Why Rick Is Always Abandoning His Family

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Rick had to save Jerry from an assassin and the only way he could save his life was by revealing why he keeps abandoning his own family.

In Rick and Morty, Rick is an emotionally detached man, too obsessed with science and exploration to care about the little people he tramples over on his escapades. And often the collateral damage of his adventuring includes his family members. He’s aware enough to know how abandoning his family over and over is damaging, so why does he do it? 

Rick’s daughter Beth has deep-seated issues over his abandoning her as a child and he continues to do so every time he goes on an unannounced adventure. In a one-shot comic about the minor character Jaguar – who Pickle Rick helped escape a maximum-security enclosure – Rick reveals his struggle with constantly reopening old wounds. Writer/illustrator Marc Ellerby ostensibly made Rick and Morty Presents: Jaguar as a broader explainer of the character Jaguar, but it ended up deepening the emotional range of Rick. 

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Related: Rick & Morty: Jerry Tried To Rule The Universe In The Dumbest Way

The gist of Jaguar is he is an amalgam of every action movie star with a tragic backstory, with his own being about the deaths of his wife and daughter. Think Steven Sagal mixed with the plot to any Arnold Schwarzenegger or Sylvester Stallone vehicle. Jaguar is tasked with killing Rick’s son-in-law, Jerry, after Jerry accidentally kills an entire planet with one of his farts. 

Rick is unable to foil Jaguar’s attempts to kill Jerry and tries everything from extreme violence to trying to convince Jaguar to join his side. All his attempts fail until Jaguar has Rick at gunpoint and Rick begins to cry. It’s clearly an act, a last-ditch effort to gain sympathy from Jaguar or catch him off guard so Rick can kill him. But Rick’s emotional honesty reveals more than just a ploy to get the upper hand on Jaguar.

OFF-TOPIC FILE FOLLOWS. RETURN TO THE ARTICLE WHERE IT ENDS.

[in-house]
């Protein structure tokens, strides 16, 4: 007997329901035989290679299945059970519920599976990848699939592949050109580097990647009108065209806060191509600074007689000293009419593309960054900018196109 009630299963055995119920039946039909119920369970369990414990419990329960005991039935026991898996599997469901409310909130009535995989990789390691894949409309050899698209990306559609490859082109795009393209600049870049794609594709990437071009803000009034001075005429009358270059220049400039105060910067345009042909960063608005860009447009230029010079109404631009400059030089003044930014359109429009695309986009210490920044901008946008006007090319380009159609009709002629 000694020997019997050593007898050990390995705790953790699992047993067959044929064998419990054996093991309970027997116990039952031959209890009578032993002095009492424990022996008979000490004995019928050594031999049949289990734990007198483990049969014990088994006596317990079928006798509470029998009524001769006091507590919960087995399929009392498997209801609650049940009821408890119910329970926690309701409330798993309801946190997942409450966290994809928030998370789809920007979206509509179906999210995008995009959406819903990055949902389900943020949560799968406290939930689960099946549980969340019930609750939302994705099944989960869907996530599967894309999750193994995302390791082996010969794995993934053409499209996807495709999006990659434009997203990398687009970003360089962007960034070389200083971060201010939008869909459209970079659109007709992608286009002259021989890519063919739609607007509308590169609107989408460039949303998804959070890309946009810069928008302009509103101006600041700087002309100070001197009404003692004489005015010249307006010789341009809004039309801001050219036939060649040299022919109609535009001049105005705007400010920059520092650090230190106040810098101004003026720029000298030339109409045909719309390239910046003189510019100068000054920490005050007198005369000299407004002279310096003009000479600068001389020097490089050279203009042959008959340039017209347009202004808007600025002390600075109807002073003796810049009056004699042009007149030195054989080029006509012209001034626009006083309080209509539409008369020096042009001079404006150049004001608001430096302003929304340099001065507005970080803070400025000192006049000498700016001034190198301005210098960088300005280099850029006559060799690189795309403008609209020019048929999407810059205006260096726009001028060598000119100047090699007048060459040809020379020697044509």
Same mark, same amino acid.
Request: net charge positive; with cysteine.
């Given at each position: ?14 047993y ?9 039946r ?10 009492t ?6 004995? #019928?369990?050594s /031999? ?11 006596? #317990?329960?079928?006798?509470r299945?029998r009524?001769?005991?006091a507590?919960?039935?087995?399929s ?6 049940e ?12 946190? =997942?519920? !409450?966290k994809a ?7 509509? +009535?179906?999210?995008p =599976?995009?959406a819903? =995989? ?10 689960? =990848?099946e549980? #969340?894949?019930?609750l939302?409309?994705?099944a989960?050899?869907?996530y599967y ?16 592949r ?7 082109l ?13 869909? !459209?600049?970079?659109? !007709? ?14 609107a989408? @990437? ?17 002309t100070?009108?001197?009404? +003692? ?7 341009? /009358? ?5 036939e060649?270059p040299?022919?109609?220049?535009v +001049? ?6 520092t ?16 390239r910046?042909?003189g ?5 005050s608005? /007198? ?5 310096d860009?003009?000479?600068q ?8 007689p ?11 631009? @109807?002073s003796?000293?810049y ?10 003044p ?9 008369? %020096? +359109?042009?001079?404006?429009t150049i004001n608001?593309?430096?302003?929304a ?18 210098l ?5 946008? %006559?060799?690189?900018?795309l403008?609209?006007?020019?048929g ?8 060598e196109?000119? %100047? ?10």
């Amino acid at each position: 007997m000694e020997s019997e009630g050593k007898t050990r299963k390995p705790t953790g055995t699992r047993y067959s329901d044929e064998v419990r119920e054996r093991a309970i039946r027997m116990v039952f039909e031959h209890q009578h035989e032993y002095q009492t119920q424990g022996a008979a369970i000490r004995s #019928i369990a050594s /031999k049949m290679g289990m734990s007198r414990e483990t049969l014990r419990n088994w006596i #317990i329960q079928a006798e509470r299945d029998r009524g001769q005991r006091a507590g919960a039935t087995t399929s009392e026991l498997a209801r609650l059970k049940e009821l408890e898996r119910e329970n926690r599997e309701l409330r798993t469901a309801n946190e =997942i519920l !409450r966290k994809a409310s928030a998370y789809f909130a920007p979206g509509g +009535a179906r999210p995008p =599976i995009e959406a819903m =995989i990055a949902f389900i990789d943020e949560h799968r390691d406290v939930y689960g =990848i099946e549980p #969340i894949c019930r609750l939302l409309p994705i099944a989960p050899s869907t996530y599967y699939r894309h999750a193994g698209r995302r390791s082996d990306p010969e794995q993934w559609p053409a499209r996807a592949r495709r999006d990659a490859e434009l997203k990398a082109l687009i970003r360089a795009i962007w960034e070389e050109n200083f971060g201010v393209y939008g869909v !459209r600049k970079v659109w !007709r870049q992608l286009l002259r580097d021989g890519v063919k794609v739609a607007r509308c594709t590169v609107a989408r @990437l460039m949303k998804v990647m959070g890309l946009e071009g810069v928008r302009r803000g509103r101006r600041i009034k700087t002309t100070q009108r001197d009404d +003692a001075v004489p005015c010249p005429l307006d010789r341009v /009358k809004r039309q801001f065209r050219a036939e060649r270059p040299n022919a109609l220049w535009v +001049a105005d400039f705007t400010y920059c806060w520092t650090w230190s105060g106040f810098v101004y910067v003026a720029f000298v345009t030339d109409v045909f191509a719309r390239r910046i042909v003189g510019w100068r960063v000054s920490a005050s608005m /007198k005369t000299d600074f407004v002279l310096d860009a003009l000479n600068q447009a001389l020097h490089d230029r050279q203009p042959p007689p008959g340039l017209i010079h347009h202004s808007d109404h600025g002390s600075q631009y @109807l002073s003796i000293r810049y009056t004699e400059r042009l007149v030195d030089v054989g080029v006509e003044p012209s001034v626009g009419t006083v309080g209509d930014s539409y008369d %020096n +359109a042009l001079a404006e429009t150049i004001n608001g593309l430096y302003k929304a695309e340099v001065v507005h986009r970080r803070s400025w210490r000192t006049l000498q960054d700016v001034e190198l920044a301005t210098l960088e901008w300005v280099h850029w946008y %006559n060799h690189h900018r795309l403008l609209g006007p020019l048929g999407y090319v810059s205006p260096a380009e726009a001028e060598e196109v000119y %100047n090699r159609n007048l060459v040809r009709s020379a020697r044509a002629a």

Rick tearfully tells Jerry to apologize to Beth for him. For all the missed birthdays and situations when she needed a father around but Rick was too busy jumping through dimensions to think about her. “I’d trade it all for one more day with them,” Rick says. “I go on these adventures to feel something other than abject misery.” 

Rick explains away his reliance on alcohol as a coping mechanism to deal with these feelings he refuses to address. It’s a convincingly heartfelt last wish. So much so that Jaguar refrains from killing Rick. Jaguar turns away, touched at the thought of his own unresolved issues with his family and it appears Rick is going to kill him. But then a whole slew of enemies swoop in and the two team-up to slaughter them. While Rick used this tearful confession as a ploy, there was an undercurrent of truth. He is fully aware of the pain he repeatedly inflicts on his family. And rather than stopping or confronting this, he misdirects and gaslights his family just as he did with Jaguar. In this Rick & Morty adventure, Rick may be aware of his weak emotional range, but that doesn’t mean he’s a changed person and will rethink all the pain he makes his family endure.  

Next: Rick & Morty: Mr. Meeseeks Is Smarter Than Rick

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